Monasterial history from the time of Charlemagne
There are few buildings in Germany that can boast 1,200-year-old walls that have withstood wars and other catastrophes, but in addition to the King’s Hall in Lorsch, Hessen has another rare gem of early medieval architecture, in the district of Michelstadt-Steinbach.
It was Einhard, the biographer of Emperor Charlemagne, who had a basilica built between the years 815 and 827. In keeping with the style of the time, the building is block-like and simple, and the walls were constructed without pedestals or niches. In antiquity, people worshiped the gods in temples and at shrines and a basilica served as a place of assembly. The simple shape of the basilica was used by Christians for church buildings. Rome was a role model in many respects, and it was from there that Einhard had the remains of St Marcellinus and St Peter transported. The basilica’s accompanying exhibition provides fascinating background information to this story and much else besides.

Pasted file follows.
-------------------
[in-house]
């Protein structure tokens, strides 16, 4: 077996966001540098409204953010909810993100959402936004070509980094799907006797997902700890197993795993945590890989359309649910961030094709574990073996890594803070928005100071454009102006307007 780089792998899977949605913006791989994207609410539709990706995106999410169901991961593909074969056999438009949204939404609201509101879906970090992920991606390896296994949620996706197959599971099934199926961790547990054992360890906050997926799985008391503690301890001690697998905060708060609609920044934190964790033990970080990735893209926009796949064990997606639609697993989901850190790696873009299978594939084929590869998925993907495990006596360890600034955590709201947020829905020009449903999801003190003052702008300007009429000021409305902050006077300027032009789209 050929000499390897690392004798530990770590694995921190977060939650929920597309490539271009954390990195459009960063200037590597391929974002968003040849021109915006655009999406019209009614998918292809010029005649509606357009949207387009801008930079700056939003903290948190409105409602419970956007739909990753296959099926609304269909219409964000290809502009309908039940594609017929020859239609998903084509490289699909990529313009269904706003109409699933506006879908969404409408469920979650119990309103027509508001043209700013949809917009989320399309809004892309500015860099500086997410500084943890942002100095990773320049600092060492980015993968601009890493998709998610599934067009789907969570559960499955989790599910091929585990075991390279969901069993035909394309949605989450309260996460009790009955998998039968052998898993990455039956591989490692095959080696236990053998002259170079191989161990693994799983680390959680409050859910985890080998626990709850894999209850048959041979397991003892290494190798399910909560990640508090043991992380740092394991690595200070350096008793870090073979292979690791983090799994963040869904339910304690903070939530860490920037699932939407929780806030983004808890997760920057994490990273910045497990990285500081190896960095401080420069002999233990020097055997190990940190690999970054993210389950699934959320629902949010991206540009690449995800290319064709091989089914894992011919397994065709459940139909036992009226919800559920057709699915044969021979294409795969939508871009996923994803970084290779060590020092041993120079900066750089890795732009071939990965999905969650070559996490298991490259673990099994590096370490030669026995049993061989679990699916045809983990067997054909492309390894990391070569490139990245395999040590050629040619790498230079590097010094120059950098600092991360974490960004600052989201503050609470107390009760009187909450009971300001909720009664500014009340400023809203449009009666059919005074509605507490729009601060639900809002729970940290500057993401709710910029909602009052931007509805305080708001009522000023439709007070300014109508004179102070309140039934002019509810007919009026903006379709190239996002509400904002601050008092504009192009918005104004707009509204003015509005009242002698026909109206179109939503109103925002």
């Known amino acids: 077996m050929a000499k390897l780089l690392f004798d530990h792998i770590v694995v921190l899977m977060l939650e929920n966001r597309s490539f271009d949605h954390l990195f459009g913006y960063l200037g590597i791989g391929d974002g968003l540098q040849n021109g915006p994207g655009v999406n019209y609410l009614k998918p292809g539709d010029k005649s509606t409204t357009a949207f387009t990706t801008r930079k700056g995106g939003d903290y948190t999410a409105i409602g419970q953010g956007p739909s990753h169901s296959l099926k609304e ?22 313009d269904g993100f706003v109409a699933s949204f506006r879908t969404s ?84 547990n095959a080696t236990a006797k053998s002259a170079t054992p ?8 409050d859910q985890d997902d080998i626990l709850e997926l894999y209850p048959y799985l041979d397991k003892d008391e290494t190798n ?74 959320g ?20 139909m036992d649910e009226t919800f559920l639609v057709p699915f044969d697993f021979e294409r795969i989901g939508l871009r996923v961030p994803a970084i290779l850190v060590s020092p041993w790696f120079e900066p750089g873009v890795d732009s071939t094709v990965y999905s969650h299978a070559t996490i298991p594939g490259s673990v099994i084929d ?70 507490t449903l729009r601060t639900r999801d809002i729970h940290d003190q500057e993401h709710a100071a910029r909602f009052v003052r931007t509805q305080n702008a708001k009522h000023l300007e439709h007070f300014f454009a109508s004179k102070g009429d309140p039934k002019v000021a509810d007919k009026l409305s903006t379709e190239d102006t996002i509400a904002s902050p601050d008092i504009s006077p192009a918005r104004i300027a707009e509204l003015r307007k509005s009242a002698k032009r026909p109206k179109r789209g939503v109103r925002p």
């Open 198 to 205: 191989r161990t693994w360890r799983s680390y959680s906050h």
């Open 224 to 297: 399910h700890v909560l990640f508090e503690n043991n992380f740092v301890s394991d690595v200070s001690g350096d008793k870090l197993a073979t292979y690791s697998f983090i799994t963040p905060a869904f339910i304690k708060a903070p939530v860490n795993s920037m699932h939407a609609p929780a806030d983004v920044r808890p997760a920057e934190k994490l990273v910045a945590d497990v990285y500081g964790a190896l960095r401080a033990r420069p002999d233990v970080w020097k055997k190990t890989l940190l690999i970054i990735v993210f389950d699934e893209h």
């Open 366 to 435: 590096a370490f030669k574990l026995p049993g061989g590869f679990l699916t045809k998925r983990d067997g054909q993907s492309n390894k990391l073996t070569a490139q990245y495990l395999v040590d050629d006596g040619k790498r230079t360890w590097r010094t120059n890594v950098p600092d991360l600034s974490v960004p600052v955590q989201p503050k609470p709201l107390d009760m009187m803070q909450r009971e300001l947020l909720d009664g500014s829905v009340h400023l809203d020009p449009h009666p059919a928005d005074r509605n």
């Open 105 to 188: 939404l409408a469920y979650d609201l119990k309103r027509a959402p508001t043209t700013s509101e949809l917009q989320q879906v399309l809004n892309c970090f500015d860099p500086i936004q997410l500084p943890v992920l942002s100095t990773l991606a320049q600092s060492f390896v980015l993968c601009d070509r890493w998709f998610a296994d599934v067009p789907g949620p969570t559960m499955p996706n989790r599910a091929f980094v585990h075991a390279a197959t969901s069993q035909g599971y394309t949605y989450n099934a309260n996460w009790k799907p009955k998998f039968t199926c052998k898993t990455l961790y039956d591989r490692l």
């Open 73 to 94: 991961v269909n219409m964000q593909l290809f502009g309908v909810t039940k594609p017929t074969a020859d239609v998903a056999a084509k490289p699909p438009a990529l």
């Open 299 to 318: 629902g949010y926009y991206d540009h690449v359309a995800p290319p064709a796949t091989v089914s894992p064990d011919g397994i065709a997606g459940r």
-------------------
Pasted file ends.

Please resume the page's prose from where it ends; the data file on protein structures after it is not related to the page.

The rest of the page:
This place is maintained by the State Palaces and Gardens of Hesse.
For Eternity - Einhard’s Basilica, Michelstadt-Steinbach (Part 1)Read story
A blessing and a curse
For eternity - Einhard’s Basilica, Michelstadt-Steinbach (part 2)Read story
For eternity - Einhard’s Basilica, Michelstadt-Steinbach (Part 3)Read story